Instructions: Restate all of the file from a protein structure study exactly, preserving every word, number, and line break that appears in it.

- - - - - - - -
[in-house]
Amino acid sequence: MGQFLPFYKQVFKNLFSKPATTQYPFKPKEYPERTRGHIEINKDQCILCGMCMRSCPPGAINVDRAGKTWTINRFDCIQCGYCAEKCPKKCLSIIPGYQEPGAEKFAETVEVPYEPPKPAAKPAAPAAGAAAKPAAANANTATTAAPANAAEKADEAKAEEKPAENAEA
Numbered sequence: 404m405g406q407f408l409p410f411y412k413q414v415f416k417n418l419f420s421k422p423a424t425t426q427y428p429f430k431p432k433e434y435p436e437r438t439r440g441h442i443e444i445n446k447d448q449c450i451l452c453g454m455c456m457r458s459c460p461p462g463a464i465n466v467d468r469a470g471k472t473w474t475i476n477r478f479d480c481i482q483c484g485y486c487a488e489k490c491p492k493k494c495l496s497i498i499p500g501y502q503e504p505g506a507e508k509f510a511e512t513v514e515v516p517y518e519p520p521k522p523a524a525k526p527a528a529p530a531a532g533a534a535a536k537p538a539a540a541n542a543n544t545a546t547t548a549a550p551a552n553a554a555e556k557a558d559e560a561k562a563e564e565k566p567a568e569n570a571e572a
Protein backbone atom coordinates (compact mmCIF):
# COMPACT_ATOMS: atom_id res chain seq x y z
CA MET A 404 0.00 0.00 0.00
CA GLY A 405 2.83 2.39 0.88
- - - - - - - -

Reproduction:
[in-house]
Amino acid sequence: MGQFLPFYKQVFKNLFSKPATTQYPFKPKEYPERTRGHIEINKDQCILCGMCMRSCPPGAINVDRAGKTWTINRFDCIQCGYCAEKCPKKCLSIIPGYQEPGAEKFAETVEVPYEPPKPAAKPAAPAAGAAAKPAAANANTATTAAPANAAEKADEAKAEEKPAENAEA
Numbered sequence: 404m405g406q407f408l409p410f411y412k413q414v415f416k417n418l419f420s421k422p423a424t425t426q427y428p429f430k431p432k433e434y435p436e437r438t439r440g441h442i443e444i445n446k447d448q449c450i451l452c453g454m455c456m457r458s459c460p461p462g463a464i465n466v467d468r469a470g471k472t473w474t475i476n477r478f479d480c481i482q483c484g485y486c487a488e489k490c491p492k493k494c495l496s497i498i499p500g501y502q503e504p505g506a507e508k509f510a511e512t513v514e515v516p517y518e519p520p521k522p523a524a525k526p527a528a529p530a531a532g533a534a535a536k537p538a539a540a541n542a543n544t545a546t547t548a549a550p551a552n553a554a555e556k557a558d559e560a561k562a563e564e565k566p567a568e569n570a571e572a
Protein backbone atom coordinates (compact mmCIF):
# COMPACT_ATOMS: atom_id res chain seq x y z
CA MET A 404 0.00 0.00 0.00
CA GLY A 405 2.83 2.39 0.88